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--- Crossovers --- Linkwitz/Riley --- Active filters ---



The best crossovers ...

The best electrical crossover filter is one that maintains the acoustic polar response of a loudspeaker throughout the crossover frequency range as output shifts from one driver to the next. The sum of acoustic lowpass and highpass outputs must have allpass behavior without high Q peaks in the group delay. The highpass filter section must attenuate out-of-band driver terminal voltages at a sufficiently high rate so that cone excursion decreases with decreasing frequency and nonlinear distortion is minimized.

The crossover must be inaudible

The crossover must be inaudible on program material. This also implies that the power response of the two drivers must be similar in the crossover region, and that requires special attention during the loudspeaker's concept and design phases.

Crossovers may be implemented either as passive RLC networks, as active filters with operational amplifier circuits or with DSP engines and software. The only excuse for passive crossovers is their low cost. Their behavior changes with the signal level dependent dynamics of the drivers. They block the power amplifier from taking maximum control over the voice coil motion. They are a waste of time, if accuracy of reproduction is the goal.

Accurate Stereo performance tests                                                                                       SL - October 2009 


It is practically impossible for a single radiator to cover the 20 Hz to 20 kHz audio frequency range at adequate sound pressure levels (SPL) and with wide dispersion off-axis. At a 50 Hz bass frequency, for example, it takes an air volume displacement of 214 cm3 to generate 90 dB SPL at 1 m distance from the source in free space. Take a typical 6.5 inch (132 mm effective) diameter driver and its cone would have to move 14 mm peak-to-peak linearly, which by far exceeds its excursion capability (Ref. 4). 
At 1000 Hz, though, the same driver would have to vibrate only with (50/1000)2 = 1/400th of this excursion for the same 90 dB SPL, but now the cone is in its breakup region and no longer acts as a rigid piston, causing energy storage and deteriorating off-axis radiation. Thus, this driver will have to be complemented with a larger one for low frequencies, and a smaller one to extend the highs, in order to obtain full frequency range coverage. The electrical audio signal then needs to be divided between three drivers.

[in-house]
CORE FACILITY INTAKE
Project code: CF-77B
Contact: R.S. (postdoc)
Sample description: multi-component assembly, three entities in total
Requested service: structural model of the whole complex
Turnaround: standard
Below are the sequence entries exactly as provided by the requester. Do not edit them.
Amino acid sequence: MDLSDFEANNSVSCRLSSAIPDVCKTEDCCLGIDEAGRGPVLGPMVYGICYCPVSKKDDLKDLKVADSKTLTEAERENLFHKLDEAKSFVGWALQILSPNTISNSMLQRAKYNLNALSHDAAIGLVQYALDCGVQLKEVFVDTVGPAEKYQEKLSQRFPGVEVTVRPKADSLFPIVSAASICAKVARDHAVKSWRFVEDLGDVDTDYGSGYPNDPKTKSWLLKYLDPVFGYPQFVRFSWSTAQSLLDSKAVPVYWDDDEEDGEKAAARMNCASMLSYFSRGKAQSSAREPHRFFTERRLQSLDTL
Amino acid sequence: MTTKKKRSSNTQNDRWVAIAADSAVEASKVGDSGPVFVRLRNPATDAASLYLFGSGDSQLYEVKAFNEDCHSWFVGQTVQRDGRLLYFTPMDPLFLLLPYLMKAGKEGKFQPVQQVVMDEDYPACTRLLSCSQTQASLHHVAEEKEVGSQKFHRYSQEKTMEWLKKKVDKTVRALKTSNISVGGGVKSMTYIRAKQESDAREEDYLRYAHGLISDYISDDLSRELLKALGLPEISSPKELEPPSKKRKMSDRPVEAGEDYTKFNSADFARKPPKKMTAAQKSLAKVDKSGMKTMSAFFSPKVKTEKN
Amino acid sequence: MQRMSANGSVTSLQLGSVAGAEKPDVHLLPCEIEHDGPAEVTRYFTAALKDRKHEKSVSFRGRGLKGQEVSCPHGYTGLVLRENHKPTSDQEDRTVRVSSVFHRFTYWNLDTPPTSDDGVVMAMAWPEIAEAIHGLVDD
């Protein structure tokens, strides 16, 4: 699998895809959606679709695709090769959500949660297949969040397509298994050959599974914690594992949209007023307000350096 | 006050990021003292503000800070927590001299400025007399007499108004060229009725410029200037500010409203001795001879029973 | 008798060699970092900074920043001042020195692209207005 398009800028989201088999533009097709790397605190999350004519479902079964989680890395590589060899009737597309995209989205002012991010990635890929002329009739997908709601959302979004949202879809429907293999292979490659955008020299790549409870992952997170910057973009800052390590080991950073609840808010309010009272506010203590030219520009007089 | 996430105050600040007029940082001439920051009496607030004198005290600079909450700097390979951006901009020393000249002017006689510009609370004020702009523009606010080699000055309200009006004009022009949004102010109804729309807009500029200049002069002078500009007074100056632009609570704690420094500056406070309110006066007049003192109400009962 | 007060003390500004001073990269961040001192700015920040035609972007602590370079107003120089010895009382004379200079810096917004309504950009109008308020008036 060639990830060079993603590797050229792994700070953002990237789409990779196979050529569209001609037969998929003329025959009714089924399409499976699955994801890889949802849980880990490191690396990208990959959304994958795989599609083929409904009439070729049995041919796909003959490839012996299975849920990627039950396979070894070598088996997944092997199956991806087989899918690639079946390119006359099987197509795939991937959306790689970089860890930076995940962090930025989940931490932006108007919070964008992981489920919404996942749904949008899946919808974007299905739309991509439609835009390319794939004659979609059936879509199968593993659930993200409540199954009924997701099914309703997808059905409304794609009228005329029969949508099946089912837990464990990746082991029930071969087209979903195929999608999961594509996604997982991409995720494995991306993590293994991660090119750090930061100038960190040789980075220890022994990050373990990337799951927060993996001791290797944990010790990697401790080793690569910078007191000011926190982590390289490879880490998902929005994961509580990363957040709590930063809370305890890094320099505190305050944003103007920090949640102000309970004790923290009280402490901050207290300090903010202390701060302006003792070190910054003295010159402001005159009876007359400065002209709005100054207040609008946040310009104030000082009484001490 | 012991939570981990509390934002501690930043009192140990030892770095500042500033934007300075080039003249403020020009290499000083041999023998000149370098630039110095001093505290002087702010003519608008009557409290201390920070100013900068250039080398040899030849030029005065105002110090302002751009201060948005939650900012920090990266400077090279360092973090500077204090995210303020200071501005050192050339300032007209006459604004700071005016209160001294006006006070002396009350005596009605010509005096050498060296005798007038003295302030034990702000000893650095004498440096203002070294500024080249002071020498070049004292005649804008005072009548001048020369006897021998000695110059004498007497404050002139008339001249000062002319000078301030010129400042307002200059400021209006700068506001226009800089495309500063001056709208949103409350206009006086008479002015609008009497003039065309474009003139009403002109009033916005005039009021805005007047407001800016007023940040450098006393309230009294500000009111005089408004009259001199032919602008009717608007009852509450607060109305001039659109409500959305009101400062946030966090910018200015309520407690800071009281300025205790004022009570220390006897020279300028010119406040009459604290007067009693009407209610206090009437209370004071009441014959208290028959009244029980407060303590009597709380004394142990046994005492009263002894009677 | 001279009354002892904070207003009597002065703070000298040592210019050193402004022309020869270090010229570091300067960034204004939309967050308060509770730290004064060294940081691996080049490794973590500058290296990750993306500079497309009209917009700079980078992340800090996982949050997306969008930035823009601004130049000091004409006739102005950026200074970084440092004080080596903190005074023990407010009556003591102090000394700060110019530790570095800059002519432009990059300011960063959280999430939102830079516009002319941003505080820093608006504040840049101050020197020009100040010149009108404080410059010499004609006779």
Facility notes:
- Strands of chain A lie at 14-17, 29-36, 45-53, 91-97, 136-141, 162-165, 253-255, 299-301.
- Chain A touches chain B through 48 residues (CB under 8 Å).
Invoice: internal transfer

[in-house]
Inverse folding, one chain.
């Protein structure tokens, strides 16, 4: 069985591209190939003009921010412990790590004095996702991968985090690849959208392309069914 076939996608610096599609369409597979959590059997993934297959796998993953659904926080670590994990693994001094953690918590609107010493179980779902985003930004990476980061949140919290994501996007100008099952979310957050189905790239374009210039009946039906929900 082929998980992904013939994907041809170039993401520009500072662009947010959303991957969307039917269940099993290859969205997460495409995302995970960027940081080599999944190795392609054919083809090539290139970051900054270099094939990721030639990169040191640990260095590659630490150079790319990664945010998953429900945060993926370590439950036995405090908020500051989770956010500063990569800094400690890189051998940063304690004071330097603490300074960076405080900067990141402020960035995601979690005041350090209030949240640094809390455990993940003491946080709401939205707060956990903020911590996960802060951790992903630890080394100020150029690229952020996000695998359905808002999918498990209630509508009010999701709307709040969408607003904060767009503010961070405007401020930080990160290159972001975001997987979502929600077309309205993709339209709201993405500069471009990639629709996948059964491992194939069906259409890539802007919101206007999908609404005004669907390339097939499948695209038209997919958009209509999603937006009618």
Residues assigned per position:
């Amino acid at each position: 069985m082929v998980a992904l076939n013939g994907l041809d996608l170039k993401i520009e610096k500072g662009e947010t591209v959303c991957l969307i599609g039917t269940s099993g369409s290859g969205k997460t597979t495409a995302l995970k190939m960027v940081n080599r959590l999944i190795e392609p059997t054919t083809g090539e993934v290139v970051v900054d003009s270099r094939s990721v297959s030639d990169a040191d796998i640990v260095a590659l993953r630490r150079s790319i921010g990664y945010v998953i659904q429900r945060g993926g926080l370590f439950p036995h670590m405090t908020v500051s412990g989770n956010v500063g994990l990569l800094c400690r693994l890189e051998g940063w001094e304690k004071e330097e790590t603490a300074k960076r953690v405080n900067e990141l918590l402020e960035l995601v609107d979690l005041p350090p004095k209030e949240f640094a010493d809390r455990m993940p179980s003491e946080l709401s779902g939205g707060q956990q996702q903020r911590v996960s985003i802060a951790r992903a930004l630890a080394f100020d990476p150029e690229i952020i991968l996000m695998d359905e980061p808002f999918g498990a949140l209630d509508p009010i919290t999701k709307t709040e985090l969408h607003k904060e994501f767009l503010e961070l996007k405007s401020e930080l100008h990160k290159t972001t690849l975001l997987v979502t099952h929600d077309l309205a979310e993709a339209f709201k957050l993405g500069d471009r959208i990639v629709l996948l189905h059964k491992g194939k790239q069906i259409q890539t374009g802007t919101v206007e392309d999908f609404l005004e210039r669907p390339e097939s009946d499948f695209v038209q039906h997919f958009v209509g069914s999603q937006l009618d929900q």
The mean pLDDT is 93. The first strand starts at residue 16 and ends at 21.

The proper crossover of signals from one driver to the next is a subject of debate amongst audiophiles with some preferring a1st order Butterworth filter function . As often done, a single capacitor and resistor in the connection to the tweeter will not necessarily create a phase-linear 6 dB/octave crossover, but more something like a 18 dB/oct. acoustic response due to the inherent 12 dB/oct. highpass behavior of the tweeter itself. Furthermore, the tweeter will contribute a good amount of intermodulation distortion because the cone excursion wants to rise at 12 dB/oct. towards lower frequencies for constant SPL and the driver is not built for that. Add to this the wide frequency coverage overlap between tweeter and midrange, with the resulting irregular polar radiation pattern, and the 6 dB/oct. crossover becomes a costly solution for achieving waveform fidelity. At best, the goal may be obtained over a very small region in space and over a limited frequency range. But, does it matter to the listening experience, given some common observations?

Networks that divide the electrical audio signal between different drivers must be designed with the driver characteristics and the driver layout in mind in order to obtain the desired acoustic crossover function and polar radiation pattern in conjunction with tolerable non-linear and linear distortion of the acoustic output. All crossovers involve design tradeoffs. For the Audio Artistry Beethoven-Elite system, for example, I used 24 dB/oct. and 12 dB/oct. Linkwitz-Riley (Ref. 17) and 6 dB/oct. Butterworth acoustic crossover filter responses. My latest design, the ORION, employs two 24 dB/oct filters for highest accuracy of perceived sound.

I have a strong preference for line level active dividing networks ahead of the power amplifiers (Ref. 2, 12, 17). In this approach the power amplifier output is connected directly - except for a very low resistance speaker cable - to the voice coil of the driver. The amplifier takes maximum control over the motion of the speaker cone which gives a greater sense of clarity and dynamism compared to a passive dividing network between amplifier and driver. Active crossovers make much more effective use of amplifier power. A clipping woofer amplifier is not seen by the tweeter, which has its own amplifier. The clipping of the woofer amplifier may not even be noticed in this case. It would surely be heard with a passive crossover, where it might even overheat and damage the tweeter, because of the large amount of high frequency energy in the clipped signal.